The Jones Act is a section of law that was created in 1920 to protect maritime jobs and workers.
The Jones Act affects American maritime employment in a couple of ways:
The Jones Act was created when ships were used for transporting soldiers. As the U.S. joined WWI, it became clear that there were not enough American ships to transport soldiers and continue American maritime trade. This concerned the federal government, as American trade was at risk while America fought in wars overseas. After WWI, the federal government decided to force the growth of the ship building industry. To do this, lawmakers introduced the Jones Act. The Jones act stated that only American ships could transport American goods between U.S. ports. This law kept foreign ships out of the American shipping business, thus creating a need for American ships.
The Jones Act’s main goal was to increase the production of the American ship building industry. While the ship building industry would indeed increase under the Jones Act, maritime workers had yet to be given “workers’ rights” under American law. Before the Jones Act, offshore employers were not liable for injuries their workers sustained while out at sea. However, as the Jones Act led to the growth of thousands of American shipping jobs, the federal government felt that offshore workers needed to have the ability to sue their employer under laws similar to workers' compensation. Therefore, the Jones Act was the first piece of maritime law that actually defined a seaman’s right to sue their employer for injuries they sustained while performing work duties at sea.
Louisiana is known for its large role in American maritime employment. Its location lends itself to being a major player in American shipping and oil industries. Without the Jones Act, every one of these Louisiana oil rig workers, shipping employees, and longshoremen would be legally silenced. Maritime employers would have legal immunity against lawsuits claiming damages for employee injuries sustained while working on water vessels. Maritime employment would have terrible safety standards with no legal repercussions if the Jones Act didn't exist. The Jones Act cares for maritime workers across the United States, and maritime law would look nothing like it does today without the inclusion of the Jones Act. It upholds America’s shipping interests, continues to fuel the American shipbuilding industry, but, most importantly, protects maritime workers as they fulfill their industry duties.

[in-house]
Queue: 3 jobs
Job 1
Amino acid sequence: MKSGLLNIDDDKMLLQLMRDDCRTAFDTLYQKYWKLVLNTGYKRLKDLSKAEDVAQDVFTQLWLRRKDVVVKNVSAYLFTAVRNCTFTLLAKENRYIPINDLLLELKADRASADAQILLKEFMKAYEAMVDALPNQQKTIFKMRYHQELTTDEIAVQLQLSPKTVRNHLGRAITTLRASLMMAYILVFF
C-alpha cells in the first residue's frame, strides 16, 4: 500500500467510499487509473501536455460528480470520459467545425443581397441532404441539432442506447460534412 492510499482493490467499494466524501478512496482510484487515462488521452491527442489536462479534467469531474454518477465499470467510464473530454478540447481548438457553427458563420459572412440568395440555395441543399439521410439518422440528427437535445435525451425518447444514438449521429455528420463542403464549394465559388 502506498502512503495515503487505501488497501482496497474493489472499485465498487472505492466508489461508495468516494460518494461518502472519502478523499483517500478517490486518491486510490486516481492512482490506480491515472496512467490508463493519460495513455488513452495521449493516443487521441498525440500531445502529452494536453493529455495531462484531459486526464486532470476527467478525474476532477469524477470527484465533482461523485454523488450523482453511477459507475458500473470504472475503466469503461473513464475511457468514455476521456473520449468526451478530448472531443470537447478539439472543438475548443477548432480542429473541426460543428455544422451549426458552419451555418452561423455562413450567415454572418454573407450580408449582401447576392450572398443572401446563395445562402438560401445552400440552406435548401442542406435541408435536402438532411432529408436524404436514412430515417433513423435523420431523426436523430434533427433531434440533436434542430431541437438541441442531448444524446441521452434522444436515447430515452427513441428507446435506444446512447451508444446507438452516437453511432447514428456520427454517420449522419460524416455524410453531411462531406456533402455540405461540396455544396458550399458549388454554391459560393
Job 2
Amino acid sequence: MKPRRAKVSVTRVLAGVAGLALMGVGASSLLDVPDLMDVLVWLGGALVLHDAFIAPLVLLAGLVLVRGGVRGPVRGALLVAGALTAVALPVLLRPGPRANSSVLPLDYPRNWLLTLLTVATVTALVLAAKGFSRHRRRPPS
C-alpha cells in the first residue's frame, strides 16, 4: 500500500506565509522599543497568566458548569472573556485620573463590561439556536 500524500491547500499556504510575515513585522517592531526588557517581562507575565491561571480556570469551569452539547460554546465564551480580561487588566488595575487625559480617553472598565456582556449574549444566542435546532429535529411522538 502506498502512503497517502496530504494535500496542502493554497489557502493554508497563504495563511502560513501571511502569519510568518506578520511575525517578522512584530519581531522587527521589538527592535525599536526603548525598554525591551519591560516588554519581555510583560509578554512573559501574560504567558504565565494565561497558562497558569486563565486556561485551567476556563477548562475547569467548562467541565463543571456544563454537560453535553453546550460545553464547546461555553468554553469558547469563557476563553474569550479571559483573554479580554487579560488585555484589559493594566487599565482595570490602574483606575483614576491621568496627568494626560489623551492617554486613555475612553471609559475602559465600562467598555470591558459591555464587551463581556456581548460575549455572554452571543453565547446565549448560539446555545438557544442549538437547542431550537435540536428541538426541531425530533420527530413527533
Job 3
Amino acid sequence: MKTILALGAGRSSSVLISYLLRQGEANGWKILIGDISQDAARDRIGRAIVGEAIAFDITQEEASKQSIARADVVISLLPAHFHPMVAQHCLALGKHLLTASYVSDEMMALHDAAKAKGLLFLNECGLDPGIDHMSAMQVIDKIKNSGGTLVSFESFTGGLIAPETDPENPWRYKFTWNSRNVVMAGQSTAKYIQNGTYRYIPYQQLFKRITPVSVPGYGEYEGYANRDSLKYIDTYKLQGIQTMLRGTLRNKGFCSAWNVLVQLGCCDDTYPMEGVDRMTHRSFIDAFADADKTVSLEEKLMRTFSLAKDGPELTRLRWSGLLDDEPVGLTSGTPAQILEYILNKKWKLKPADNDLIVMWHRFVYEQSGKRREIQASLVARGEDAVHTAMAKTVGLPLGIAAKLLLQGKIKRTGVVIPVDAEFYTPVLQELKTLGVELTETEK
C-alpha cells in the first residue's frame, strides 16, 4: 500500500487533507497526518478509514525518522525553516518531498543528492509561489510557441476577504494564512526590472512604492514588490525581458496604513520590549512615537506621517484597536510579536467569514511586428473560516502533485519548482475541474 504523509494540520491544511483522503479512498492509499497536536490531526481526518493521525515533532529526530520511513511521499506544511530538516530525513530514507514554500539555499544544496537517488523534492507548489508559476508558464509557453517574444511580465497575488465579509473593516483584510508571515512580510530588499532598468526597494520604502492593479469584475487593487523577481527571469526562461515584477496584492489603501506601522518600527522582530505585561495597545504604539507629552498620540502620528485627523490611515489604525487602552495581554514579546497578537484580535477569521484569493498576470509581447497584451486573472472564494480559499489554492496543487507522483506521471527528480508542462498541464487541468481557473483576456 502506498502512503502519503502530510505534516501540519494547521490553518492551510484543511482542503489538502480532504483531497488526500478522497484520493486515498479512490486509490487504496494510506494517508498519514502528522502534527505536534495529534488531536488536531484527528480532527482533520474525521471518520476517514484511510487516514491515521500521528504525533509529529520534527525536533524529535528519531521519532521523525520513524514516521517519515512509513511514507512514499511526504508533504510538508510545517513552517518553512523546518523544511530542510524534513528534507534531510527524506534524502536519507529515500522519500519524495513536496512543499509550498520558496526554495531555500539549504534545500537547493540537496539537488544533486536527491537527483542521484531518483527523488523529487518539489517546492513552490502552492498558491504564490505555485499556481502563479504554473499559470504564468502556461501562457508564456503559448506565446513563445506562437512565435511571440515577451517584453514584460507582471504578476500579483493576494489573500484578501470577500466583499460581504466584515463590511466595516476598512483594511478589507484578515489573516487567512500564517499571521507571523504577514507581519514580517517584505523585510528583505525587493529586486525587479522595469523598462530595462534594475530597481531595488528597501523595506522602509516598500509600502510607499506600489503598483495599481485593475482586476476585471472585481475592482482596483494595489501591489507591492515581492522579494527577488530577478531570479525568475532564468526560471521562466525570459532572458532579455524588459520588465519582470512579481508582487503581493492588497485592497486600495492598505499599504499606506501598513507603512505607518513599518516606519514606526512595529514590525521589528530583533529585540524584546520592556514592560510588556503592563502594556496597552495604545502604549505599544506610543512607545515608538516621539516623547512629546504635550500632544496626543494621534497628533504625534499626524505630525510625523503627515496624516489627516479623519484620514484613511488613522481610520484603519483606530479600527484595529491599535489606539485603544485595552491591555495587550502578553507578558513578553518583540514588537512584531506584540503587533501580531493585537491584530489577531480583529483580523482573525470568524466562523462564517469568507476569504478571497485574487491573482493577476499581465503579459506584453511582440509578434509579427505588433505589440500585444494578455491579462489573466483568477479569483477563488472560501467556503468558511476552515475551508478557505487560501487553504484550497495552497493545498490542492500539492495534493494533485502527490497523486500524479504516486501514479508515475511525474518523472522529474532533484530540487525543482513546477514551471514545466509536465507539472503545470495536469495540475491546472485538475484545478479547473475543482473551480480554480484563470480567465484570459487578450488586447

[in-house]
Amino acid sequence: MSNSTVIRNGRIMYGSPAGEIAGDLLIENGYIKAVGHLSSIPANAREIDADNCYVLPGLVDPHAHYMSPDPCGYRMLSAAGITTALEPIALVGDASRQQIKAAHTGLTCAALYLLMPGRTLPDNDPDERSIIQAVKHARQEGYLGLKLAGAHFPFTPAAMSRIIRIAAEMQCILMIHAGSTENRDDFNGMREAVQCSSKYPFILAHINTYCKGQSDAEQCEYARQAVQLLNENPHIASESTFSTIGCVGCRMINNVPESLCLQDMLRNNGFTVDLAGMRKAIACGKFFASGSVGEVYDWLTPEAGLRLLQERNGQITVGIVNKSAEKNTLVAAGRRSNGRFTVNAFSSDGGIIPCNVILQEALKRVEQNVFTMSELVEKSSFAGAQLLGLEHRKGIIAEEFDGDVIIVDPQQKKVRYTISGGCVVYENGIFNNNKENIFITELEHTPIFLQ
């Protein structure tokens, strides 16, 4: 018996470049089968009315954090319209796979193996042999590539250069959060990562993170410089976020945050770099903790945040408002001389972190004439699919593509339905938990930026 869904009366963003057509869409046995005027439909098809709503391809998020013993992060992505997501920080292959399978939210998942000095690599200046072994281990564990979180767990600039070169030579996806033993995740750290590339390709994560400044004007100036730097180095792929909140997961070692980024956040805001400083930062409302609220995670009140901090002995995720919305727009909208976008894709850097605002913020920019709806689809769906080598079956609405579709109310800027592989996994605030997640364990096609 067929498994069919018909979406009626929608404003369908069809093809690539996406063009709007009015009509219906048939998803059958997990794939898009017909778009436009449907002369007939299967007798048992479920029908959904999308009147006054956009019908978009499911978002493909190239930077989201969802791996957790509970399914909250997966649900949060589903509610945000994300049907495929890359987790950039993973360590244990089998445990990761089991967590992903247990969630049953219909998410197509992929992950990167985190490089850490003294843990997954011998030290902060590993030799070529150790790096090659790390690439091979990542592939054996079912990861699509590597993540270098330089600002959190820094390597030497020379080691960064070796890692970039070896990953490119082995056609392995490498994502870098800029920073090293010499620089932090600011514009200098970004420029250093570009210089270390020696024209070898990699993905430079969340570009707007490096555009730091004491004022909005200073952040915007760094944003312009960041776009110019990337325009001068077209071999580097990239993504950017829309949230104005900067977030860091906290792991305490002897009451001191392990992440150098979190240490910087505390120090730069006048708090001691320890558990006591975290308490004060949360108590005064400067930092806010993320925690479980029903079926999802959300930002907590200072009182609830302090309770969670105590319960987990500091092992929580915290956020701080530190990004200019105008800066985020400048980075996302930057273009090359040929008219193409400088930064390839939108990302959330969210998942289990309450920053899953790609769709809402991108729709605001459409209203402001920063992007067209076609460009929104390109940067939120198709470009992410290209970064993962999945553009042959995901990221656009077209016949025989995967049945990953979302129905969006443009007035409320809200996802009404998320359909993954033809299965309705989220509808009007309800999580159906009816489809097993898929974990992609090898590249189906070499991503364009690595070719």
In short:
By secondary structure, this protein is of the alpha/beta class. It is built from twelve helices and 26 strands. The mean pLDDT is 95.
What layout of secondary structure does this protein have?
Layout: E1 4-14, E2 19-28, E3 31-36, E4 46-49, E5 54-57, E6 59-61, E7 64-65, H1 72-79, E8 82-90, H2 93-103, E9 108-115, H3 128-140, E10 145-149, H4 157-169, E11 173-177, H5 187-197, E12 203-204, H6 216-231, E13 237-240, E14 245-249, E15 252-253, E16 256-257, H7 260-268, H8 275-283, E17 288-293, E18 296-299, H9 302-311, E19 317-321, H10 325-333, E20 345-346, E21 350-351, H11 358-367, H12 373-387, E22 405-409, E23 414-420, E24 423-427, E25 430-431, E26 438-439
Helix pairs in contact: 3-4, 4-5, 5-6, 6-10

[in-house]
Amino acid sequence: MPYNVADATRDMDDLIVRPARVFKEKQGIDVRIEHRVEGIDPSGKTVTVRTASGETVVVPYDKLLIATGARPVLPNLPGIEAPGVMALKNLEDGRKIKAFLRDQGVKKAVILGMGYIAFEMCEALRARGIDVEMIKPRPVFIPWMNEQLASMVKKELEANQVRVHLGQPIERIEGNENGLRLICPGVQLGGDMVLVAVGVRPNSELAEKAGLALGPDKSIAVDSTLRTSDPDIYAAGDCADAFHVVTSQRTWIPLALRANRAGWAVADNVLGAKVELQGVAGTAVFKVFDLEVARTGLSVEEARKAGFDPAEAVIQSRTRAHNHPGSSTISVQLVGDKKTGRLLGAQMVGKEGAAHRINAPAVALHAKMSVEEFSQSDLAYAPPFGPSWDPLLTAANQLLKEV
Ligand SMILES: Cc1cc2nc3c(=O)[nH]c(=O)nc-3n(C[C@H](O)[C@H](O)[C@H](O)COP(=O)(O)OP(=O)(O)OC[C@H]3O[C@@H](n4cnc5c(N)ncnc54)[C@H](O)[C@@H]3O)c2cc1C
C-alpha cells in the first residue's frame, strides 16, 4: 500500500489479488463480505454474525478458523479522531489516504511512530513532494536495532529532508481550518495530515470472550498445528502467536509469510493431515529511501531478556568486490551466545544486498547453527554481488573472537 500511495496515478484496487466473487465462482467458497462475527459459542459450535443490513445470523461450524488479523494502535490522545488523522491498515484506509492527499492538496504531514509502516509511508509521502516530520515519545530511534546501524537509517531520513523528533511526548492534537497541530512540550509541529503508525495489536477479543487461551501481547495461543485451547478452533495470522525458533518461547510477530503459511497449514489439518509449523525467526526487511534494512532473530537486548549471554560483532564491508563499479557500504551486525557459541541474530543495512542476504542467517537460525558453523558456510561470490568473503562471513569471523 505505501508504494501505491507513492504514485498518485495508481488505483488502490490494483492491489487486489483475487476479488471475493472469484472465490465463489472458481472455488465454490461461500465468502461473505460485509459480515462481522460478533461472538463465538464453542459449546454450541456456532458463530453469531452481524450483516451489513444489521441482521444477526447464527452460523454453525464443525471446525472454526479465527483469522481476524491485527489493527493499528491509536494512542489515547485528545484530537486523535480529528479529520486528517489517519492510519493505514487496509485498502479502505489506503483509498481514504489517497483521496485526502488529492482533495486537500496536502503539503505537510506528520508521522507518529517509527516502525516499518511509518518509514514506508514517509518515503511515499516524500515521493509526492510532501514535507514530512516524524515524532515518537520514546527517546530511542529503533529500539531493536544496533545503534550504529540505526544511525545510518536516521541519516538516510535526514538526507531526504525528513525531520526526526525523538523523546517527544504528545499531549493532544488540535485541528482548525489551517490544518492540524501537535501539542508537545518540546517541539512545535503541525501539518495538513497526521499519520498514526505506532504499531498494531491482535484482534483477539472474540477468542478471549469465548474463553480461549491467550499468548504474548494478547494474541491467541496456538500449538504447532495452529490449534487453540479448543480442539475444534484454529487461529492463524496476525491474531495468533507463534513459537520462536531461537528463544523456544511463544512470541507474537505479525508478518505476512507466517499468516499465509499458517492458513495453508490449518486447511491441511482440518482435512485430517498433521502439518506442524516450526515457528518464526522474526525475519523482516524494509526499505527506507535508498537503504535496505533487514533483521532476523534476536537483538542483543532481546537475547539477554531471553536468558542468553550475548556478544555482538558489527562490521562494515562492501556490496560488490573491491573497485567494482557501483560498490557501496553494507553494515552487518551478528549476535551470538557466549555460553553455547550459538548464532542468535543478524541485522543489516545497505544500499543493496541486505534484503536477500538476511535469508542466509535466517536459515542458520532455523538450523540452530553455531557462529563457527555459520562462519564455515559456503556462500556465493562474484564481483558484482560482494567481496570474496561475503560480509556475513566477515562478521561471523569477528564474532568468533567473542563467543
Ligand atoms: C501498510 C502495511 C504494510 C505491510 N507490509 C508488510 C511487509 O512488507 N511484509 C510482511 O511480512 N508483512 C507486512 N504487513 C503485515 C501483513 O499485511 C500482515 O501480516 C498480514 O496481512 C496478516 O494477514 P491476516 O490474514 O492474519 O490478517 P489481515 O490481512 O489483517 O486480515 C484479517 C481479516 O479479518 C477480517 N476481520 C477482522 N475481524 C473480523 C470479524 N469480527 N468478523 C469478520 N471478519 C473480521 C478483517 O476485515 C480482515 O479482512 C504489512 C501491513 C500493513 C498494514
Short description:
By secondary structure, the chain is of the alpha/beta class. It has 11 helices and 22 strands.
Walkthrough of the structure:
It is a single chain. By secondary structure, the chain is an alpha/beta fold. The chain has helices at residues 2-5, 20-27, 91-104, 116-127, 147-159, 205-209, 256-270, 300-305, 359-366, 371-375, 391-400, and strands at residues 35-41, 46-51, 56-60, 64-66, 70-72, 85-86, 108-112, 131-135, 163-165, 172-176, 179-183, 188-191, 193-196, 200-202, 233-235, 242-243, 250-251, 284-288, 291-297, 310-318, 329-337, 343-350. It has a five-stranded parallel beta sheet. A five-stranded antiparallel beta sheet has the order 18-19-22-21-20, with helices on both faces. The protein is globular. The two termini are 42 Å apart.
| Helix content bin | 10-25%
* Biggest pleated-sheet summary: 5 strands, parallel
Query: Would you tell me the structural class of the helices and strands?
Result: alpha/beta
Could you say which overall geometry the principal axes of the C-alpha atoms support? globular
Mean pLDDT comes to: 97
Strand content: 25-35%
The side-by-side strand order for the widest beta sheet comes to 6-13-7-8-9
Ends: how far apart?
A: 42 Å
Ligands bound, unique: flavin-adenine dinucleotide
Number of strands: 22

The Jones Act has allowed Arnold & Itkin to fight for thousands of maritime workers. However, some of our proudest moments have been fighting for the men and women who live in the great state of Louisiana. We could not have secured multiple record-setting settlements for offshore workers if the Jones Act were not in existence. Our Louisiana maritime lawyers believe that the Jones Act protects thousands of Louisiana workers each and every year.
However, the Jones Act cannot and will not stop offshore accidents from happening.
The Jones Act only protects maritime workers in a court of law. That is why maritime employees should seek out trusted offshore injury attorneys at Arnold & Itkin if they ever receive offshore injuries. Our team is waiting to hear about your Louisiana maritime case. Call (888) 346-5024 for a free consultation with our maritime attorneys.
Arnold & Itkin represented nearly a third of the crewmembers injured in the Deepwater Horizon explosion.
Because maritime law is so complex and so complicated, it is crucial that you work with an attorney who has an in-depth understanding of how it works and who has proven themselves in similar cases before.